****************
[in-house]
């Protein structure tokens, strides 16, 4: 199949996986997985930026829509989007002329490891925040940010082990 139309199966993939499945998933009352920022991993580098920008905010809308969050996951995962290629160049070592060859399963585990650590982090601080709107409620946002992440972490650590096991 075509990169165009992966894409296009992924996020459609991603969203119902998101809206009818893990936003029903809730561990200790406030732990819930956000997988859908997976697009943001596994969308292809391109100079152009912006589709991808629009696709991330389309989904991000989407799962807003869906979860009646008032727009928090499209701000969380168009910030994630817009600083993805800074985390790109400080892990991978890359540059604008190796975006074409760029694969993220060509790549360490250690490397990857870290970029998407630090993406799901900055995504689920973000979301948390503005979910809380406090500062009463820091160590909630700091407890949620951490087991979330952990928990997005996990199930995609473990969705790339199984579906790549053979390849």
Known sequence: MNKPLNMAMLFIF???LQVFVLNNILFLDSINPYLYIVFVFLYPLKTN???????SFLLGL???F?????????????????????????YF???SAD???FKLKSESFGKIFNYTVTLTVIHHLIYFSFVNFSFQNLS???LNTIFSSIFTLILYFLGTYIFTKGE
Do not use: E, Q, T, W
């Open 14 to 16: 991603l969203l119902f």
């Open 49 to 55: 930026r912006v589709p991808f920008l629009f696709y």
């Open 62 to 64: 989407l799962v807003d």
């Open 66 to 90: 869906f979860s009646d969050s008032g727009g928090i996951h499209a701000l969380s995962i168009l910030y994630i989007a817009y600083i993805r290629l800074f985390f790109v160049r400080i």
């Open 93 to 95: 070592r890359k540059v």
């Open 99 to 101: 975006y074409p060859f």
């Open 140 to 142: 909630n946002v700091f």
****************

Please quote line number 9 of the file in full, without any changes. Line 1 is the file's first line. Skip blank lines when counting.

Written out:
């Open 93 to 95: 070592r890359k540059v």